So much for President Spock. Last week, Rich Lowry wrote, “When John Kerry calls you out of touch, you must be so far out of touch that you need to call Mazlan Othman, the U.N.’s designated liaison to space aliens, to re-establish contact with Planet Earth.” Add to that list Walter Mondale, the cool aloof technocratic 1984 Democratic presidential candidate whose campaign, like Kerry’s, also failed due to being completely out of the touch with the American people. During his interview today with Wolf Blitzer on the public access cable channel known as CNN, Mondale had this to say:
MONDALE: He’s got to connect with the American people. He’s got to — the American people have to feel that the president senses the suffering they’re going through and wants to be a part of the solution. He’s got a lot of strength, but that key — connectivity, that ability to — that — to transmit the fact that he feels for people, I think, is something he needs to work on. I notice he’s doing more of these backyard events where he gets in close with a small group of people. And I think that’s part of — of what he should do.
BLITZER: He’s not showing — he’s not feeling people’s pain the way Bill Clinton was capable of feeling pain.
BLITZER: The empathy — empathy factor. Well, why is that? Why do you think he’s not capable, at least so far, of really doing that?
MONDALE: Well, I’ve seen places when he’s done it. The Milwaukee speech, I thought was — was terrific. I think some of these backyard events are terrific. But I — but I think he — he’s very bright — as a matter of fact, brilliant. And I think he tends to — and he uses these idiot boards to read speeches in television and I think he loses the connection that he needs emotionally with American voters.
BLITZER: You — you’re talking about the teleprompters that he always has…
MONDALE: Yes, right.
BLITZER: — when he’s delivering a formal speech…
BLITZER: — and he’s reading it, basically, from the teleprompter.
BLITZER: You don’t think that works, is that what you’re saying?
MONDALE: Yes, I think that — you know, if you’re looking at the teleprompter, you’re here, you’re here, you’re here and you’re — your audience is right there. And I think he needs to do more of that.
BLITZER: A fair point. There’s certainly an angry atmosphere across the country right now. The Tea Party movement clearly is gaining strength. What — in your opinion, is causing this anger?
MONDALE: Oh, I think people are terribly frustrated. I think they don’t see big issues being resolved. A lot of people are hurting. Unemployed — lose — in danger of losing their homes and all the rest. And they — it shows up, in part, with the Tea Party, which is really a protest movement, in my opinion.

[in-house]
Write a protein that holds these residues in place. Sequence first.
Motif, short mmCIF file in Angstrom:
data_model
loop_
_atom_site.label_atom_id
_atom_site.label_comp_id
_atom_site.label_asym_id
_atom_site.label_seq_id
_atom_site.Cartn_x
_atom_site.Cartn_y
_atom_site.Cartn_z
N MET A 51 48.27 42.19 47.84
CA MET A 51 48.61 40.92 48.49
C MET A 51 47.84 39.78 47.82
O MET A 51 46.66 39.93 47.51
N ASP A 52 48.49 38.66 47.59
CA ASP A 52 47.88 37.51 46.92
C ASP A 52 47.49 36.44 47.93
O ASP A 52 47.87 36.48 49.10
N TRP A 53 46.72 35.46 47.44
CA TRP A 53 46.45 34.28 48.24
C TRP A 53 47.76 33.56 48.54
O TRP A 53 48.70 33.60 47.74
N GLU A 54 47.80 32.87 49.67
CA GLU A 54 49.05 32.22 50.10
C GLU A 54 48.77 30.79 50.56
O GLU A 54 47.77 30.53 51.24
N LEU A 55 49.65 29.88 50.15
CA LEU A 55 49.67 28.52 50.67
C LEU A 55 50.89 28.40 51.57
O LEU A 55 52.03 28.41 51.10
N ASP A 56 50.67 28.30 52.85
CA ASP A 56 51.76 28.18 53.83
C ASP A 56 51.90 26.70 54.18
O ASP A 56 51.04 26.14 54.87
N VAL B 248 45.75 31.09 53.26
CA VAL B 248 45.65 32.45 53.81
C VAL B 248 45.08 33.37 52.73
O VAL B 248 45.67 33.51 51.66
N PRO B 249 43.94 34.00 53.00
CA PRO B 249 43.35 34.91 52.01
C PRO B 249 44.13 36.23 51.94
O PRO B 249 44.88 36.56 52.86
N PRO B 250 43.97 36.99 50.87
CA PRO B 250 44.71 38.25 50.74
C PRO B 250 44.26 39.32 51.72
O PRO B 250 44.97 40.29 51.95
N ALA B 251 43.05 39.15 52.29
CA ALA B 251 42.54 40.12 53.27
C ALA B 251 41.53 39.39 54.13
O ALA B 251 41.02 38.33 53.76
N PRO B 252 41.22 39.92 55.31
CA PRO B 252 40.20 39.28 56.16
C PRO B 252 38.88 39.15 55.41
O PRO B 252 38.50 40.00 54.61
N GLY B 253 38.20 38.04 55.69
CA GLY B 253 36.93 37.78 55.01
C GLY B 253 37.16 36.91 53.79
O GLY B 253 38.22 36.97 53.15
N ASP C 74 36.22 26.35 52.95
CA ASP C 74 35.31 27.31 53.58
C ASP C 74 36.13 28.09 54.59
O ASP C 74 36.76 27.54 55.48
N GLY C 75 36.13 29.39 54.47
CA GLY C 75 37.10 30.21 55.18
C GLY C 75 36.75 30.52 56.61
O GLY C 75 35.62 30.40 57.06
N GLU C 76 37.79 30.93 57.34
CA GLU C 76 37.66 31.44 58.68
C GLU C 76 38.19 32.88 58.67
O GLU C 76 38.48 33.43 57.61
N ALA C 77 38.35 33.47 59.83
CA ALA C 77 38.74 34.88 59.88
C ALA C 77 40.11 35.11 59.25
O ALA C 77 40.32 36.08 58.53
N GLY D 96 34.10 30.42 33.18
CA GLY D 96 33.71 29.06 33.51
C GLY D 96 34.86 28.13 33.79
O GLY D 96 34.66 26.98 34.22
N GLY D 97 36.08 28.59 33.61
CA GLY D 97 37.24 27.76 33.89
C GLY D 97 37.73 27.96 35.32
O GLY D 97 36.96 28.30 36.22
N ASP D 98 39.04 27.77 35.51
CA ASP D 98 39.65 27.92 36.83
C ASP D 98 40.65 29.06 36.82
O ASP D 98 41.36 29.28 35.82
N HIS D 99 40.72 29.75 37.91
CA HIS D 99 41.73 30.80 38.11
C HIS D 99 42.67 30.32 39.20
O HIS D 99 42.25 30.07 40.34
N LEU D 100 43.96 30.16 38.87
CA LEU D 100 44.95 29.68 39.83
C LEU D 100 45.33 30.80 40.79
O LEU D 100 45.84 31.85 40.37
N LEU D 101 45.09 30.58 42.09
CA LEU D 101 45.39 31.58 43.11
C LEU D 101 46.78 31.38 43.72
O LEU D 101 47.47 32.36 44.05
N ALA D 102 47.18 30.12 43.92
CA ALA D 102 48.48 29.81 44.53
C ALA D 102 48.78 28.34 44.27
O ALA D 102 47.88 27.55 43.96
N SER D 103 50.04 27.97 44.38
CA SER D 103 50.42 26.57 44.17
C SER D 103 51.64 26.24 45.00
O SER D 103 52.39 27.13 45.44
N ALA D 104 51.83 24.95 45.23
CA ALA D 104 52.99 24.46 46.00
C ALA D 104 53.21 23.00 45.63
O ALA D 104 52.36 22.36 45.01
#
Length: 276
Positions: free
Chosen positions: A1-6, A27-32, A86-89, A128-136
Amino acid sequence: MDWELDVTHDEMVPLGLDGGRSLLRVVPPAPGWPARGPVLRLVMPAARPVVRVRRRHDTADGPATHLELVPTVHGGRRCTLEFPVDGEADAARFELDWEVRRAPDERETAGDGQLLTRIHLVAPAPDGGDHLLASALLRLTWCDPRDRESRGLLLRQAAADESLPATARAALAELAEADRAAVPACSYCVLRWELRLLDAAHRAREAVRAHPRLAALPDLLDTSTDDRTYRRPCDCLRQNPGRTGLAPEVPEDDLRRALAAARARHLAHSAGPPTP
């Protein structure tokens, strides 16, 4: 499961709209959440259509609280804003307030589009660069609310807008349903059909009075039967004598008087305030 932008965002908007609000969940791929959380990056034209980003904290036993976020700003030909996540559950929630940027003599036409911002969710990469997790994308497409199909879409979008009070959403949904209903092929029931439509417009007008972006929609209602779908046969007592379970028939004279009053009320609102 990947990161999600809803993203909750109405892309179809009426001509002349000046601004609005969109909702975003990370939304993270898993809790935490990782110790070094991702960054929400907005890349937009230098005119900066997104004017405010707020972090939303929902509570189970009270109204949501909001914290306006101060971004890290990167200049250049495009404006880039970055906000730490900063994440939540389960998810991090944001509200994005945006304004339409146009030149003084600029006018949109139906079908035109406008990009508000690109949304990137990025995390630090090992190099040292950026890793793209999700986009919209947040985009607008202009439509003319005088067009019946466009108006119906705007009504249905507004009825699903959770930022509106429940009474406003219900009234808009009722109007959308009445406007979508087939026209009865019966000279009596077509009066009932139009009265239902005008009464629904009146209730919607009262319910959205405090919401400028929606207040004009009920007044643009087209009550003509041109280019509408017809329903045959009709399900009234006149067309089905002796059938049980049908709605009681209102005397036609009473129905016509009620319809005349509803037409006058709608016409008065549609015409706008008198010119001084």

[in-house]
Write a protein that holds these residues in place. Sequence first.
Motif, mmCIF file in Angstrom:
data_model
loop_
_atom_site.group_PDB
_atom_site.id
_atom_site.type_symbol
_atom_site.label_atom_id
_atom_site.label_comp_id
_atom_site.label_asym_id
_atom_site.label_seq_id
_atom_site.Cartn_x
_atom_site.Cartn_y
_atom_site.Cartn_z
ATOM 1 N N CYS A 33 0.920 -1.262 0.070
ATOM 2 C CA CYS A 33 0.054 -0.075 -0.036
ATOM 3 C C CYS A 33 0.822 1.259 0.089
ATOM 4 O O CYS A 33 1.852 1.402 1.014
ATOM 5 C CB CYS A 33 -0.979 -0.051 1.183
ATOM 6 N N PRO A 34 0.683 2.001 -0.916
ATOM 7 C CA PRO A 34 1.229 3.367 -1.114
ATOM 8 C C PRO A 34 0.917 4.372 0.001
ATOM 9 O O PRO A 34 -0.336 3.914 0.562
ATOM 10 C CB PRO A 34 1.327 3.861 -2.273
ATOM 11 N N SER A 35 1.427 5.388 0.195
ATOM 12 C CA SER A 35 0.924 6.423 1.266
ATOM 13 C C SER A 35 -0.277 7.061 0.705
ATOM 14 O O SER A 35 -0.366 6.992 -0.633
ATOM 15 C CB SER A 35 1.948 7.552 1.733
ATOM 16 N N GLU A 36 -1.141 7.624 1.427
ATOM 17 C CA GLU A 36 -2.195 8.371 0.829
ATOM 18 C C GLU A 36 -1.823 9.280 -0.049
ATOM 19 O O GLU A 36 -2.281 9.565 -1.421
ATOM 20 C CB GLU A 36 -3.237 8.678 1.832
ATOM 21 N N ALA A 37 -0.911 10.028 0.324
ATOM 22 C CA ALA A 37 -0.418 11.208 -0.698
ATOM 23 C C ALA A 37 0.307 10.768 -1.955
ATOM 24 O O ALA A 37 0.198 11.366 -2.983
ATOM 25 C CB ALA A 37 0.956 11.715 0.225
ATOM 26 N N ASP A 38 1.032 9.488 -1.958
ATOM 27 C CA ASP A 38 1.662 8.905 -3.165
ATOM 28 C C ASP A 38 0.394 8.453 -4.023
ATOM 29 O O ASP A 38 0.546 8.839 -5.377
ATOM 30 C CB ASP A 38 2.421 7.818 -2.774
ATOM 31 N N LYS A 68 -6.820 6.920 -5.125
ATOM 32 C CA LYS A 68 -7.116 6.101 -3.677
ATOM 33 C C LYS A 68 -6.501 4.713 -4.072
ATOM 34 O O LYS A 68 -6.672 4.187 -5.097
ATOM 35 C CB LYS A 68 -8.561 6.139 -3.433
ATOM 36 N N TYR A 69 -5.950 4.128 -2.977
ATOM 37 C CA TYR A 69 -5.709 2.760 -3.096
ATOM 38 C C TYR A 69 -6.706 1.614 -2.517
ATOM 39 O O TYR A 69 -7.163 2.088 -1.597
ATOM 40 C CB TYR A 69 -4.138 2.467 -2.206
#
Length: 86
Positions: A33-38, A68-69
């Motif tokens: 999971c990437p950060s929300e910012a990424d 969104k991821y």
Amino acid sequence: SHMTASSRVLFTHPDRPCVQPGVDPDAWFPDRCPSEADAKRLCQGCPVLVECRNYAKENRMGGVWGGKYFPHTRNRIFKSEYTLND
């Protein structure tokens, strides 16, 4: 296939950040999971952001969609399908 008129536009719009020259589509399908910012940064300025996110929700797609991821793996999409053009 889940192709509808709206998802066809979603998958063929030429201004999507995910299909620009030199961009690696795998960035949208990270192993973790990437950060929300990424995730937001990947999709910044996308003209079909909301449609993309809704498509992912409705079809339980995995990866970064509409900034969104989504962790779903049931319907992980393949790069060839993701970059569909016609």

BLITZER: How worried are you about this protest movement?
MONDALE: You know, I — this idea of protesting, of having third parties, is an old American experience. It’s entirely appropriate. These things flare up when the nation is having problems. What I don’t like is the kind of rigid polarized harsh rhetoric — my way or the highway approach. I — I don’t think we’ll ever solve our problems by shouting at each other.
Well, other than the Tea Party isn’t a true Third Party — at least for now — and that Demonizer-in-Chief Obama is no stranger to rigid polarized harsh rhetoric himself, that’s surprisingly spot-on, at least for Mondale.
But while Obama’s supporters have dismissed conservative mockery of the device by pointing to the president’s ability to operate fluently without it, Mondale suggests that it’s a real and symbolic element of his difficulty, at times, connecting.
UPDATE: Mondale will be introducing Vice President Joe Biden at a rally for Mark Dayton tomorrow in St. Paul, Minnesota. Teleprompters will be present, a source said.
Update: Video added. Of course, the problem isn’t the prompter per se — lots of politicians use them, as does virtually anybody shooting a video. (At the moment, I’m rather partial to the Ikan PT-1000 myself.) But for the president, it’s how omnipresent they seem, and how virtually all of his worst moments — certainly his most telling Kinsleyesque gaffes — occur when he starts to improvise.
And for Mondale, in a way, discussing the prompter is almost as big of a rhetorical crutch as it is for Obama’s seemingly constant use of them. It facilitates a discussion about the president’s aloofness, without asking the real questions: maybe he doesn’t care about the American people very much; maybe he doesn’t care how destructive his policies have been to the American economy, and maybe the presidency was just another line on his C.V.
Related: At Big Government, a look at Big Prompter, complete with video: “World’s Largest Teleprompter Used at ‘One Nation’ Rally”